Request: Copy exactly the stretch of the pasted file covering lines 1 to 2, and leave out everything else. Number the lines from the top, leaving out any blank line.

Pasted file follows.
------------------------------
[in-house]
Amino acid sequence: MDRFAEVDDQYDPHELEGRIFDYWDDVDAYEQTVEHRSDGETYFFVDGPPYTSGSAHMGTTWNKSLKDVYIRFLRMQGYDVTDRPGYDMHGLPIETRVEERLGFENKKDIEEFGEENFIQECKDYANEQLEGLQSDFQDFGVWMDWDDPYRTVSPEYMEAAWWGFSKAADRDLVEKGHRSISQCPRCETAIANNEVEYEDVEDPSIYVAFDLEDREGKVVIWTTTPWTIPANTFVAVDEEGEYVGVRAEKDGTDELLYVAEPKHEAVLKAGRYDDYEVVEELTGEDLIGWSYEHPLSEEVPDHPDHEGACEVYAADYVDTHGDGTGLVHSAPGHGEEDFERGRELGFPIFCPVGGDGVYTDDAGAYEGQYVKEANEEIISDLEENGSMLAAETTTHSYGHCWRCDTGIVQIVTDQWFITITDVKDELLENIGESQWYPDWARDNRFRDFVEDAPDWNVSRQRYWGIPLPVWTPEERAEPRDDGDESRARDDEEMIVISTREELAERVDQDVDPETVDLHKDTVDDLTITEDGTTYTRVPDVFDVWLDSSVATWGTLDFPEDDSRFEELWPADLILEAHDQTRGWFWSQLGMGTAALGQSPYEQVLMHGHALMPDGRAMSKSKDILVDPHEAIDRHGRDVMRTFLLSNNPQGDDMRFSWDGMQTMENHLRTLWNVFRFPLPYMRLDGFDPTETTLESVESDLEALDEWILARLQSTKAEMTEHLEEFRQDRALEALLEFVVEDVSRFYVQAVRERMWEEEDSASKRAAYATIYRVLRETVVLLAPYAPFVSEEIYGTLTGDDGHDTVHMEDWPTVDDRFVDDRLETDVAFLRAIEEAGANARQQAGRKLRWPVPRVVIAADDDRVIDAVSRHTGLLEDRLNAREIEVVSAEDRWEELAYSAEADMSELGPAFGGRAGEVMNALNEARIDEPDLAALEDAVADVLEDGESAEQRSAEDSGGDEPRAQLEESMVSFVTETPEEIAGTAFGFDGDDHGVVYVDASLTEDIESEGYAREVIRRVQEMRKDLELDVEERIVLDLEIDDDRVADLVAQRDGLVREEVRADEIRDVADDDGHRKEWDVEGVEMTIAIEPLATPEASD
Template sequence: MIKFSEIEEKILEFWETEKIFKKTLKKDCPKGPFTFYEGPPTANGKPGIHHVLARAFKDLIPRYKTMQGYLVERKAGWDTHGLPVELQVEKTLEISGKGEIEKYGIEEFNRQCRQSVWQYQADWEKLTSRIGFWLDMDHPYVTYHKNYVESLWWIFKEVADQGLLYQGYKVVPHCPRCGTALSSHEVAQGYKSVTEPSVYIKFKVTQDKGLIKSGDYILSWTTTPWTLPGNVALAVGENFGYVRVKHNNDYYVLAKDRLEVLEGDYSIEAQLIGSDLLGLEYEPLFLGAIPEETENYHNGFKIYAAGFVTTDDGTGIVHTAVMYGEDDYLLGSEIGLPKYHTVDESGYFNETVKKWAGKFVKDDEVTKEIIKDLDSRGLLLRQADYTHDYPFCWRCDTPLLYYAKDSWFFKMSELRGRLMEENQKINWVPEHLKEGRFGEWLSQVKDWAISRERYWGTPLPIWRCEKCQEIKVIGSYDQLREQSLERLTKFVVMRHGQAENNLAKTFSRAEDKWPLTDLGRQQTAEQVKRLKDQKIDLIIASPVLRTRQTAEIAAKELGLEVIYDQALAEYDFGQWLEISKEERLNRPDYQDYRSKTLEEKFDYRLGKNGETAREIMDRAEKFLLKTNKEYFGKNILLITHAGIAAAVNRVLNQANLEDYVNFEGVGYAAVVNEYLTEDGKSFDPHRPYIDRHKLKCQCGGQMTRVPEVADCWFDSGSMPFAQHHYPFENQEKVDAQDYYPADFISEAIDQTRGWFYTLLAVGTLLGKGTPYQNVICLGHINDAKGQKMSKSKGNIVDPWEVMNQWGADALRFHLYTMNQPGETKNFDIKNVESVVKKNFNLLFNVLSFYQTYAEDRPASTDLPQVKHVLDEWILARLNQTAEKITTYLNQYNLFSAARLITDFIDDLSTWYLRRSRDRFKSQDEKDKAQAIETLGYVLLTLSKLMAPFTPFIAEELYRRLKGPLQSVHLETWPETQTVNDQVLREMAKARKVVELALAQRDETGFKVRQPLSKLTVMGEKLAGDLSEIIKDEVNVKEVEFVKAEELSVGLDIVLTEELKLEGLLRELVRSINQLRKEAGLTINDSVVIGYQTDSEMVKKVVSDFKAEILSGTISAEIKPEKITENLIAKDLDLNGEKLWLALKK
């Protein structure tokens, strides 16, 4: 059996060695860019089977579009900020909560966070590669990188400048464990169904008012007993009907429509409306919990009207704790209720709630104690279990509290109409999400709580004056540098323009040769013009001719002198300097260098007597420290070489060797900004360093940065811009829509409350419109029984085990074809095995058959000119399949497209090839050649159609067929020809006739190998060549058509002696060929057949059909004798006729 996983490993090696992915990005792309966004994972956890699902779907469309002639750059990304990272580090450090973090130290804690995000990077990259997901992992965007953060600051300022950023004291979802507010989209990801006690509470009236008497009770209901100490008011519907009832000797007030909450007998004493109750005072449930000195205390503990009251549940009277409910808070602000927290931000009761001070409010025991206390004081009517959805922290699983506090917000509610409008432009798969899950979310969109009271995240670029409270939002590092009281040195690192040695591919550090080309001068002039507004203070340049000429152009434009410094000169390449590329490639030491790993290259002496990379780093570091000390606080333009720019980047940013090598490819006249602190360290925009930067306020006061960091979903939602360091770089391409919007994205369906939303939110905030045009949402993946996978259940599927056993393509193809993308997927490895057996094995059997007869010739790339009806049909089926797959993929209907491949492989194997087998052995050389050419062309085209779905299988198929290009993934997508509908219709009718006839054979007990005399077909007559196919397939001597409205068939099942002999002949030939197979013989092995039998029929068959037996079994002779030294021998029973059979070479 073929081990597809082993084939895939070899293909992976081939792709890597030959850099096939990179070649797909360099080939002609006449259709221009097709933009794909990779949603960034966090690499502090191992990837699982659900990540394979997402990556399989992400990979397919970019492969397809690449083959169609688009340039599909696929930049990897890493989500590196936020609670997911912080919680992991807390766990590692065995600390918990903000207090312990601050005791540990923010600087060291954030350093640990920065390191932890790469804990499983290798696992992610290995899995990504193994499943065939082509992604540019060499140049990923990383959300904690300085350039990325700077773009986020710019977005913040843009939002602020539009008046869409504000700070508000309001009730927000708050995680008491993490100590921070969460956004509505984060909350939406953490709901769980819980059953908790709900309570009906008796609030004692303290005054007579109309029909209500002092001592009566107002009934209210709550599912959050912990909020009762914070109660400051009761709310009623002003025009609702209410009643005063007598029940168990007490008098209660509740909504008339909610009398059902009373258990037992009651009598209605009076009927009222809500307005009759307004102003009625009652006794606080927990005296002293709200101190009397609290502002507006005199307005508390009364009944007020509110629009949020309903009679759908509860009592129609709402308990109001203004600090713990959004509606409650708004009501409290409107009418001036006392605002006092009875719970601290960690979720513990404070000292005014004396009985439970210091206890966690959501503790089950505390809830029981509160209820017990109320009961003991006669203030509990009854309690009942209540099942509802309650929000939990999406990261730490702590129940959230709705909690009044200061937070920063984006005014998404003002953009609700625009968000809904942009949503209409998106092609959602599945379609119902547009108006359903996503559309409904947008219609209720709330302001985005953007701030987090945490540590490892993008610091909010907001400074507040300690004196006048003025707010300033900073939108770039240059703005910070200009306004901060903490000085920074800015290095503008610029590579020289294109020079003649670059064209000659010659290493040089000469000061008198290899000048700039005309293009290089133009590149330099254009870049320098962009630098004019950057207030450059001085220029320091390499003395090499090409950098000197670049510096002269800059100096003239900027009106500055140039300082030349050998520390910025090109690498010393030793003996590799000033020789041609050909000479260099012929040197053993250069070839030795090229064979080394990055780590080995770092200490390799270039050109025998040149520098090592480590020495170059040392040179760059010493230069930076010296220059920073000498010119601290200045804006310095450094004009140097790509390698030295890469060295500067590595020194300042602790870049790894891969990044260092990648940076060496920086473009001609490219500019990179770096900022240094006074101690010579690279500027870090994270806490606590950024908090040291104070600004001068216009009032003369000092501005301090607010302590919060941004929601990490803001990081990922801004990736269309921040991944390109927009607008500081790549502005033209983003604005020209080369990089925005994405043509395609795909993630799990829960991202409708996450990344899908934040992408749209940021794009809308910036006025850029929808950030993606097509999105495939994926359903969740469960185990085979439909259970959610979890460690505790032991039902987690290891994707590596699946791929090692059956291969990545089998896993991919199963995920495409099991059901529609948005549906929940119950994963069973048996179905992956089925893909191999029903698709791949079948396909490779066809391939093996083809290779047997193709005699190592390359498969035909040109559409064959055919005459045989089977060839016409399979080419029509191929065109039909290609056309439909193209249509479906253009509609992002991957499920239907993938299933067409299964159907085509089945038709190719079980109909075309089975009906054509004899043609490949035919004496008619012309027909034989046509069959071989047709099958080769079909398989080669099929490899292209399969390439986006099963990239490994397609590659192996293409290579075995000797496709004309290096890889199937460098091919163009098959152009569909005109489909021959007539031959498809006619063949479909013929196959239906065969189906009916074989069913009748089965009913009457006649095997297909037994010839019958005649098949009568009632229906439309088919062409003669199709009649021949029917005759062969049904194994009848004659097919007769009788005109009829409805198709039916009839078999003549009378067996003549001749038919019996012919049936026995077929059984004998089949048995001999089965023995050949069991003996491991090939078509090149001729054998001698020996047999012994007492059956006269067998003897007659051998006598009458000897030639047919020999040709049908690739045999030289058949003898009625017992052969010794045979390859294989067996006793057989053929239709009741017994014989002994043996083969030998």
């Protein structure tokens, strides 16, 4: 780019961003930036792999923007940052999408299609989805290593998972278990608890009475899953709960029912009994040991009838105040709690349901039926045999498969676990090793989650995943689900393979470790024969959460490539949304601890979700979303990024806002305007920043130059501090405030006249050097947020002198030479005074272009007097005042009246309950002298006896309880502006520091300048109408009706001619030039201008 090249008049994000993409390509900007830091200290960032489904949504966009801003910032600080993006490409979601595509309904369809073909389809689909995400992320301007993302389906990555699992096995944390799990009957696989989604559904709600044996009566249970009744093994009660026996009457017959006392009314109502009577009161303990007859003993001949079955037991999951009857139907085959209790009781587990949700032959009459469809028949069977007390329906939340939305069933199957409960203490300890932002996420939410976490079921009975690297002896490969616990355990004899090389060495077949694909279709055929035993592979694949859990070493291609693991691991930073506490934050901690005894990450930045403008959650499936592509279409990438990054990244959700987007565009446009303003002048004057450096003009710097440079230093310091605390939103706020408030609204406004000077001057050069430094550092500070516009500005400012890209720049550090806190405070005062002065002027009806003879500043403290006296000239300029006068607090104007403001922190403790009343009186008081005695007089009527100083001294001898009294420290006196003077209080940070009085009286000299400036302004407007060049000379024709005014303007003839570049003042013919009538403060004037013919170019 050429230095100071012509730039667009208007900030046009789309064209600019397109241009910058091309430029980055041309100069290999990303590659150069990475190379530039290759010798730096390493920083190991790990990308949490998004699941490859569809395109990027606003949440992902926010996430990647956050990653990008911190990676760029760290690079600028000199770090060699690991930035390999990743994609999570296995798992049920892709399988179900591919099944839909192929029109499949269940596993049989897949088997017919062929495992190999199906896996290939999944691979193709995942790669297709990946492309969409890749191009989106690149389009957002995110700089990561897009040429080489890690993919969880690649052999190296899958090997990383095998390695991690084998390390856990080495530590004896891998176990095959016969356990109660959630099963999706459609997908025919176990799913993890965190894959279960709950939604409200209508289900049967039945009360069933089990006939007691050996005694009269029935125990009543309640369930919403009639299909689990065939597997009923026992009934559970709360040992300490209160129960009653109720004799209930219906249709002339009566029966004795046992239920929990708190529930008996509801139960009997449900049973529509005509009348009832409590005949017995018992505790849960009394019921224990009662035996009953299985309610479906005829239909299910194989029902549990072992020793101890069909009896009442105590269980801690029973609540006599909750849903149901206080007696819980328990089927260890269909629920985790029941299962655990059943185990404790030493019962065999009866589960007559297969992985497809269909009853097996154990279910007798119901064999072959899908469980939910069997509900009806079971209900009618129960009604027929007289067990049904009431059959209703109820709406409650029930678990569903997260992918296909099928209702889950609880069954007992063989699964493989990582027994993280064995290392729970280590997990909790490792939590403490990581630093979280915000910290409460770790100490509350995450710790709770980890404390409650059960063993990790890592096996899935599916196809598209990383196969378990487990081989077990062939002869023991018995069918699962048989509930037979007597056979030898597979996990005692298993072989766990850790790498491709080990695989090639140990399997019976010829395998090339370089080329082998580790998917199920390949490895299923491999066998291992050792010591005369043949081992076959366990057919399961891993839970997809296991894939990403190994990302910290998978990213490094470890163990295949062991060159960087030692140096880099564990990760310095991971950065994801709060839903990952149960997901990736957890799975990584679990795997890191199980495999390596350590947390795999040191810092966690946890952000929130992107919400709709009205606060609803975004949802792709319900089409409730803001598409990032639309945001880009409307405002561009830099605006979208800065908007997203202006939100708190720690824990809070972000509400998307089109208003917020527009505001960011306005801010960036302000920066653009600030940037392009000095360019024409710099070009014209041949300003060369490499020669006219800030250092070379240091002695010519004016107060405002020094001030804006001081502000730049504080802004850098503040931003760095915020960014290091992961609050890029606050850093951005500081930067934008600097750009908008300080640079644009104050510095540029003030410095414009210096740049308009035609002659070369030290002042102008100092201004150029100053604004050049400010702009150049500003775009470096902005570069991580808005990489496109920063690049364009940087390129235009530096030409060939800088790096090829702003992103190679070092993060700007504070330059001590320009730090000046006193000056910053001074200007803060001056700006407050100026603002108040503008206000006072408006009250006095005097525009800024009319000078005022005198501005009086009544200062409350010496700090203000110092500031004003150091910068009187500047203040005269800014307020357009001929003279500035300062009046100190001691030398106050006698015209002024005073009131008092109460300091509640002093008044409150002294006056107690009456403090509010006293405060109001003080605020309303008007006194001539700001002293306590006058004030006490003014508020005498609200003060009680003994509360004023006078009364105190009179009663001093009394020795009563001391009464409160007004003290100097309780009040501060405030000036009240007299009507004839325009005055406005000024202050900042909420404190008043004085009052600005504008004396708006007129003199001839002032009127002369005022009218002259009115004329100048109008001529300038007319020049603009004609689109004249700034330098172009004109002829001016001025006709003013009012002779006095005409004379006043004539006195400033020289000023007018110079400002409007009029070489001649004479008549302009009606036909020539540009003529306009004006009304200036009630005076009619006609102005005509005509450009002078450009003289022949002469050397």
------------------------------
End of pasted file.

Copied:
[in-house]
Amino acid sequence: MDRFAEVDDQYDPHELEGRIFDYWDDVDAYEQTVEHRSDGETYFFVDGPPYTSGSAHMGTTWNKSLKDVYIRFLRMQGYDVTDRPGYDMHGLPIETRVEERLGFENKKDIEEFGEENFIQECKDYANEQLEGLQSDFQDFGVWMDWDDPYRTVSPEYMEAAWWGFSKAADRDLVEKGHRSISQCPRCETAIANNEVEYEDVEDPSIYVAFDLEDREGKVVIWTTTPWTIPANTFVAVDEEGEYVGVRAEKDGTDELLYVAEPKHEAVLKAGRYDDYEVVEELTGEDLIGWSYEHPLSEEVPDHPDHEGACEVYAADYVDTHGDGTGLVHSAPGHGEEDFERGRELGFPIFCPVGGDGVYTDDAGAYEGQYVKEANEEIISDLEENGSMLAAETTTHSYGHCWRCDTGIVQIVTDQWFITITDVKDELLENIGESQWYPDWARDNRFRDFVEDAPDWNVSRQRYWGIPLPVWTPEERAEPRDDGDESRARDDEEMIVISTREELAERVDQDVDPETVDLHKDTVDDLTITEDGTTYTRVPDVFDVWLDSSVATWGTLDFPEDDSRFEELWPADLILEAHDQTRGWFWSQLGMGTAALGQSPYEQVLMHGHALMPDGRAMSKSKDILVDPHEAIDRHGRDVMRTFLLSNNPQGDDMRFSWDGMQTMENHLRTLWNVFRFPLPYMRLDGFDPTETTLESVESDLEALDEWILARLQSTKAEMTEHLEEFRQDRALEALLEFVVEDVSRFYVQAVRERMWEEEDSASKRAAYATIYRVLRETVVLLAPYAPFVSEEIYGTLTGDDGHDTVHMEDWPTVDDRFVDDRLETDVAFLRAIEEAGANARQQAGRKLRWPVPRVVIAADDDRVIDAVSRHTGLLEDRLNAREIEVVSAEDRWEELAYSAEADMSELGPAFGGRAGEVMNALNEARIDEPDLAALEDAVADVLEDGESAEQRSAEDSGGDEPRAQLEESMVSFVTETPEEIAGTAFGFDGDDHGVVYVDASLTEDIESEGYAREVIRRVQEMRKDLELDVEERIVLDLEIDDDRVADLVAQRDGLVREEVRADEIRDVADDDGHRKEWDVEGVEMTIAIEPLATPEASD